Thursday, January 12, 2017

Tunnel Run (TUN-RUN.WAD)

by Russell Pearson

Russell Pearson was one of several authors to come to the forefront during the advent of Doom's silver age resulting from the release of source such as Boom and ZDoom. Where guys like Kurt Kesler and Ed Cripps were playing around with The New Technology, though, Russell remained to hack it out in plain vanilla. At least, until he released Crypt of the Vile. His first big project was supposed to be a TC called DoomTown3 but he doled out two of its planned levels - Tunnel Run and Blastem 2 - as single level releases before publishing the other three as Doom Town proper. This review covers the second release, Tunnel Run; released in late 2000, it's a MAP01 replacement for Doom II.

Tunnel Run is unsurprisingly an underground map and features a ton of tunnels. The most open area still limits the player to a forked catwalk while imps on the ledges fling fireballs at you from afar. The only one with any significant maneuverability is a rectangular warehouse cave where you still find your movement harried by a healthy amount of demons on the ground and mancubuses that make for awkward dodging. The opening network of passages is the map's least linear moment and it's kind of inspired as far as combat goes since your maneuverability isn't so hot and all of the doors open at once. This allows for multiple angles of different attacks but nothing too threatening.

I kind of like the gunsnammo gimmick. Your stocks start out pretty limited with a fairly narrow margin when you're starting out but you occasionally run into supply lockers full of various goodies. In fact, they're just about the only place you'll encounter supplies. You'll see but the plasma gun showcase but might forget about it by the time you can open it. At least, I did until I hit the northwesternmost room and realized that I was being given cell ammo. It's probably less about the time between seeing it at first then acquiring the blue key and more me not paying any attention to what was in the associated bar cage when I passed by it.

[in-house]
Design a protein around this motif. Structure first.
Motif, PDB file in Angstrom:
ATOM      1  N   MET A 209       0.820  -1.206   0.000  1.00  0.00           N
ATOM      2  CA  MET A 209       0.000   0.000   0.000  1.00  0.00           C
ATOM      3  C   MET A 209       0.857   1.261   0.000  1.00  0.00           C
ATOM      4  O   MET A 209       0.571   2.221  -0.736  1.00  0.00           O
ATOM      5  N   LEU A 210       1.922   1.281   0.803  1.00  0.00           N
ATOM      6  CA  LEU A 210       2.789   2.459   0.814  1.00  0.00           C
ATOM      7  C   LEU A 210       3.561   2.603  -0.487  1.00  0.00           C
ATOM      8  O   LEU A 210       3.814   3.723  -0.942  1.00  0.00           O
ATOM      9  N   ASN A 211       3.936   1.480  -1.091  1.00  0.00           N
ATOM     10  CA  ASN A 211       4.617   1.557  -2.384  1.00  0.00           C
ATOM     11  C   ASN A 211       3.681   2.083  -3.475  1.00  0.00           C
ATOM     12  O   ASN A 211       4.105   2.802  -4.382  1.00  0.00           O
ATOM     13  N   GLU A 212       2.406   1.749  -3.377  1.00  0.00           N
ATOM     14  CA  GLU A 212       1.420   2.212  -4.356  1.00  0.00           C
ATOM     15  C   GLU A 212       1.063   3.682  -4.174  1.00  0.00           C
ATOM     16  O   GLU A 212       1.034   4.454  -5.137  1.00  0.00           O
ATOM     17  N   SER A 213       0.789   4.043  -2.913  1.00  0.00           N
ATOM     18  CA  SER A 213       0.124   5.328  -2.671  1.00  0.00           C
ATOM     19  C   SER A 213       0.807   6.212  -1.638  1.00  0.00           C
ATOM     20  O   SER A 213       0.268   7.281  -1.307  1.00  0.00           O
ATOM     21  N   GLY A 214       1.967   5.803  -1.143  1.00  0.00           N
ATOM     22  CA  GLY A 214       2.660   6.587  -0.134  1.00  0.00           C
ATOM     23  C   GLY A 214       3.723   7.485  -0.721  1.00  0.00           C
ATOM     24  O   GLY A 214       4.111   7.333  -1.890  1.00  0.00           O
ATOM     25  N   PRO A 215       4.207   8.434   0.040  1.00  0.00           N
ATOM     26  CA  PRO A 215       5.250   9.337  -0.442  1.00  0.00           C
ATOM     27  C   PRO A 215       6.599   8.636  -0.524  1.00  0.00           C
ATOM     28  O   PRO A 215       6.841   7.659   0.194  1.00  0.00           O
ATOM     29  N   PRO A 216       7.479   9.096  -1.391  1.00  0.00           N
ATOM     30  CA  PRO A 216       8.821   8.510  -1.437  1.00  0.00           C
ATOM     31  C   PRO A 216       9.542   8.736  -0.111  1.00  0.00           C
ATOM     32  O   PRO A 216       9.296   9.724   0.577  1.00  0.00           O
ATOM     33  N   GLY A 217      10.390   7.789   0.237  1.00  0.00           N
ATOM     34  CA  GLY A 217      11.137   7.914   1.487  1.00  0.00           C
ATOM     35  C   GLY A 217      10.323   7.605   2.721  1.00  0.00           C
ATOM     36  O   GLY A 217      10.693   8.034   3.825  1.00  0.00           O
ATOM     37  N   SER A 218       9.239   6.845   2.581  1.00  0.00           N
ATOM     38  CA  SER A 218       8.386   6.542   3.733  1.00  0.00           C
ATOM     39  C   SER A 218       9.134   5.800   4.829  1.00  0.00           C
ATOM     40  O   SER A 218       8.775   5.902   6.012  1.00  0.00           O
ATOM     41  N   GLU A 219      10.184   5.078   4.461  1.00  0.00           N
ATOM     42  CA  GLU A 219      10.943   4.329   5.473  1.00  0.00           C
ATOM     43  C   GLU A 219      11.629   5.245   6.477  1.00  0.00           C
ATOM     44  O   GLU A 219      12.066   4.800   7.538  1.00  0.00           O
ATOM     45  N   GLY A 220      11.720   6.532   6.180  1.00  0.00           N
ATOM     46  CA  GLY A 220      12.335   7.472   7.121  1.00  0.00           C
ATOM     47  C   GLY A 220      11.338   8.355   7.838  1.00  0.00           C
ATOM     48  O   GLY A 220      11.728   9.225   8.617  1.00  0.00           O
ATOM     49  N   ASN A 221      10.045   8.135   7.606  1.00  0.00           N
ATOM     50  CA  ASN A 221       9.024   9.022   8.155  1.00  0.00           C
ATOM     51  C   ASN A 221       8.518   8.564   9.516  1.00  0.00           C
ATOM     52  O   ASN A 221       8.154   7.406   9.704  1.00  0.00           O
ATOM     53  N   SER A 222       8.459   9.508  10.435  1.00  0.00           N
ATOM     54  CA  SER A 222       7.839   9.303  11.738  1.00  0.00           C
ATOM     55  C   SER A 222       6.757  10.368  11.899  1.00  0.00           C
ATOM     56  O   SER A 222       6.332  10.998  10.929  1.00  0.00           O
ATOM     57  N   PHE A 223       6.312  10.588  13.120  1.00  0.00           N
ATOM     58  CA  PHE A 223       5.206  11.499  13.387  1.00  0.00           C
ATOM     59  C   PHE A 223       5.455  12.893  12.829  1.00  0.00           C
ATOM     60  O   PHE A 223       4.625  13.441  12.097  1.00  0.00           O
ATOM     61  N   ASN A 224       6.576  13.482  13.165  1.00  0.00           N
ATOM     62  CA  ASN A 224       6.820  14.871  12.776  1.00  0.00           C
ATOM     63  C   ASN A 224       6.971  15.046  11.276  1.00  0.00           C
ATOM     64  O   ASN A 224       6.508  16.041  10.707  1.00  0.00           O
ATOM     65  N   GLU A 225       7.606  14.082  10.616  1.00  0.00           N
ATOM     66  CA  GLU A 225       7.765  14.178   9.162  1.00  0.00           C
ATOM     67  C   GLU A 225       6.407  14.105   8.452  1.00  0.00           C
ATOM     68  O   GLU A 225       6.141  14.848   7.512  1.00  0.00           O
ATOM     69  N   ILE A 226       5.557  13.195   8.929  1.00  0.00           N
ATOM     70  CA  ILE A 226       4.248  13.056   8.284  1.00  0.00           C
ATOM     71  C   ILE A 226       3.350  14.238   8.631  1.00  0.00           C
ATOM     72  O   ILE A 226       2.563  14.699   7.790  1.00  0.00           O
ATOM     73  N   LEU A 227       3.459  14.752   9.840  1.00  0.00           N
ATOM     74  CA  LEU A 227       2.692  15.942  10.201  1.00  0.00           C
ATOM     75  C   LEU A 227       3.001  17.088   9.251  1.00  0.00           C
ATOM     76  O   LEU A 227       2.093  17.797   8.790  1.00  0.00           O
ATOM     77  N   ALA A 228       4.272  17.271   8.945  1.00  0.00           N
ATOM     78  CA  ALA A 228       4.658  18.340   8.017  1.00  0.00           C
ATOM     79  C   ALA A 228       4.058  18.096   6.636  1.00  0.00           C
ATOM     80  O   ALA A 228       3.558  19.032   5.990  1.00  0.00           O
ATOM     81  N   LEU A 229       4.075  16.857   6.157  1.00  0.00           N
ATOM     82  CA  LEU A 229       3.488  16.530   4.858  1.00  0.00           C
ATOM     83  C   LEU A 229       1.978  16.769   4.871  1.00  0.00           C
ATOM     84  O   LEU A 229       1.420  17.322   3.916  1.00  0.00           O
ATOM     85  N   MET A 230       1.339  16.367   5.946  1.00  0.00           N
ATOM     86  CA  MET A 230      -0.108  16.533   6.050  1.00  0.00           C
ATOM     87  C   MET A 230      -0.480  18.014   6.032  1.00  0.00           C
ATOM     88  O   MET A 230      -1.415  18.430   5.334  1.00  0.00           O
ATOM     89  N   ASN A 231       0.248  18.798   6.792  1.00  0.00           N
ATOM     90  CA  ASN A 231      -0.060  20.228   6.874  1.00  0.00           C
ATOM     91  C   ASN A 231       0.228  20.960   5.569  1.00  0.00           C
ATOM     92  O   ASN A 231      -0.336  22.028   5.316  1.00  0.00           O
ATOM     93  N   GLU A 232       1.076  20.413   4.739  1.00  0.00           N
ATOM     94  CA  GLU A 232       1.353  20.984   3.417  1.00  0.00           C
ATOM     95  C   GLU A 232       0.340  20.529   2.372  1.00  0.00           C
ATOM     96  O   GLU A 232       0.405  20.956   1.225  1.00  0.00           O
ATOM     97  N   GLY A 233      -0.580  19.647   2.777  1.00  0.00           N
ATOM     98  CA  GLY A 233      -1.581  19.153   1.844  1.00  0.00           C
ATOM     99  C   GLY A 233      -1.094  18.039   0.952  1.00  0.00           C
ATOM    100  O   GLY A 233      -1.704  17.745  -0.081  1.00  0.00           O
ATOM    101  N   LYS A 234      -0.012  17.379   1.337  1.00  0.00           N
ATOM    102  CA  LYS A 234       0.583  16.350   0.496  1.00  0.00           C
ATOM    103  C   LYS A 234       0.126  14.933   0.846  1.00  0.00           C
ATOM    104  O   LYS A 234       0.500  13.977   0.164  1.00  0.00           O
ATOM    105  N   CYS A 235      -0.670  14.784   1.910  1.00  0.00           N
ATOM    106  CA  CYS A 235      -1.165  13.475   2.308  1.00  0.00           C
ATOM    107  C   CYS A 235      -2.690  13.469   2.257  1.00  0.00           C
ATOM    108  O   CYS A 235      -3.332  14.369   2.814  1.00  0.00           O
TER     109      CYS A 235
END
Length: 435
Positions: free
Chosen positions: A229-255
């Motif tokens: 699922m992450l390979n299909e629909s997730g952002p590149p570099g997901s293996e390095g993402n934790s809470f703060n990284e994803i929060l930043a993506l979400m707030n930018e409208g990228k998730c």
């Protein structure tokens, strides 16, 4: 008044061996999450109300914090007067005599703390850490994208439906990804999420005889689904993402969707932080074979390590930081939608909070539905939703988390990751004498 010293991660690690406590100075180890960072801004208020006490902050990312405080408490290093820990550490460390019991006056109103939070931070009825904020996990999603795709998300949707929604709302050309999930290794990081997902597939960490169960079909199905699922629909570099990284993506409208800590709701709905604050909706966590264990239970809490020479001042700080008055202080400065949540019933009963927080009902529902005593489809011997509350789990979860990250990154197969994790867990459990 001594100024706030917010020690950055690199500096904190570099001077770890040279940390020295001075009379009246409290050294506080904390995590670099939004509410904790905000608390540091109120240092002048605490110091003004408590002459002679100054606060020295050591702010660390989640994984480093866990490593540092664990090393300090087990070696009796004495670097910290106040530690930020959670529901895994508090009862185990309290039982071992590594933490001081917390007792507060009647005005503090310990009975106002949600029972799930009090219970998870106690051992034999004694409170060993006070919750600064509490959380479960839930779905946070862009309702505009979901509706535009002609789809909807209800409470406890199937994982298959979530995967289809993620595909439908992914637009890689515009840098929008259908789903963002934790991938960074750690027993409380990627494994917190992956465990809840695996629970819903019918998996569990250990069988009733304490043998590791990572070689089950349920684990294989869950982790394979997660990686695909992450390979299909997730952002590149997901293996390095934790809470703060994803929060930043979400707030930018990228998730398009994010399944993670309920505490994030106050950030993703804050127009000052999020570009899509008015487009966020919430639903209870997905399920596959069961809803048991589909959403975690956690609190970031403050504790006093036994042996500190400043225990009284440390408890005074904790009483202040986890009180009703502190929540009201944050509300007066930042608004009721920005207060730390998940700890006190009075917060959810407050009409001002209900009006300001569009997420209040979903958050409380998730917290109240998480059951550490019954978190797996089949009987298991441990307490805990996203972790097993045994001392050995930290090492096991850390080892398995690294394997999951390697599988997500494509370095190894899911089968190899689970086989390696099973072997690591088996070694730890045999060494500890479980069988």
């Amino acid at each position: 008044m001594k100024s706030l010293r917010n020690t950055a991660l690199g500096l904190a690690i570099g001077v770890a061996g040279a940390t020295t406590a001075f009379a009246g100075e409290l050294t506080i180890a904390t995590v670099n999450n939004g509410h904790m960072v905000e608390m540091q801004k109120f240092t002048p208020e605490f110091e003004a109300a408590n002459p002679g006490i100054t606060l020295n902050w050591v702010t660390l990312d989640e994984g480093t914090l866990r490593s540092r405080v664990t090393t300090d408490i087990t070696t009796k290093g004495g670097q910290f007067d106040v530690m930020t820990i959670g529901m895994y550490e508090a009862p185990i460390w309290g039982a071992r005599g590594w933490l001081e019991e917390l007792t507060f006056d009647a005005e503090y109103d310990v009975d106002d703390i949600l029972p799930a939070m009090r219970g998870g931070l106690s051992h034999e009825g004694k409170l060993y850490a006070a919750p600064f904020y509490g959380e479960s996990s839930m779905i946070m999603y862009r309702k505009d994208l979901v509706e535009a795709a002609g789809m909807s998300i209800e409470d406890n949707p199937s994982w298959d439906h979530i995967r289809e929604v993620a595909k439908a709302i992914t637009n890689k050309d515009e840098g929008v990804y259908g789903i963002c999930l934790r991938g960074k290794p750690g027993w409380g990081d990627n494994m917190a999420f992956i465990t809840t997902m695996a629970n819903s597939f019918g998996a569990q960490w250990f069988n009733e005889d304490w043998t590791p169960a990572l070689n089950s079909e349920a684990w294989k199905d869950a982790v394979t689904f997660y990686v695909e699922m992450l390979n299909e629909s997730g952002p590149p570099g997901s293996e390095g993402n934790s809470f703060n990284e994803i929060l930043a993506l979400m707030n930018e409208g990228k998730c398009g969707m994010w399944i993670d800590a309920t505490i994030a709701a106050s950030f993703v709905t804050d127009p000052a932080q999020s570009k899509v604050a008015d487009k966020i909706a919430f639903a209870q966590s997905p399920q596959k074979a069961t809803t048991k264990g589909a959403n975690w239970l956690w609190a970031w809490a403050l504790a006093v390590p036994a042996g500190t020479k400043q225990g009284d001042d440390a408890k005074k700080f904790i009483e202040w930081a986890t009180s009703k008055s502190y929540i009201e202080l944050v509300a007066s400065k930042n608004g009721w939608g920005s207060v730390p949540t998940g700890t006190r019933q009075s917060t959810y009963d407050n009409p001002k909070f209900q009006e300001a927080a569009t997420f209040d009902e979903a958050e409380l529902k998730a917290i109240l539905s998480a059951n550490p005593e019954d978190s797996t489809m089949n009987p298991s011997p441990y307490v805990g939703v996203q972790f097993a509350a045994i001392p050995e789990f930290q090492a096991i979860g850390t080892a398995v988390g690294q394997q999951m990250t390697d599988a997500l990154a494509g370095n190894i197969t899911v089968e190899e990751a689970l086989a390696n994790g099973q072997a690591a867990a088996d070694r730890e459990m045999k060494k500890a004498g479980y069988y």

The level looks alright. It's detailed in a very clean way as opposed to aggressive greebling, which sometimes comes when authors try to distract from awfully plain hallways. My favorite visual is early on in the room in the center of the western catwalk complex, looking like a platform built within a vast mineshaft cut deep into the earth. The final approach has a less focused look of lights and conduits running zig-zag down the concluding gimmick passage where you have to give Barons and Hell knights a respectful berth while also avoiding the clearly marked grates that will usher in one arch-vile a piece. There's no clean way to kill them all, though, so if you want 100% kills then you'll have to methodically trigger and slay each one... I imagine some of them with the berserk fist!

Tunnel Run is a decent level containing plenty of action; it cashes in on claustrophobic confines and sells me on its status as a sort of underground complex. Some players will delight in knowing that there are no pain elementals, revenants, or big bads, with the only required arch-vile being ridiculously easy to trap. Your mileage may vary, but I enjoyed it.


No comments:

Post a Comment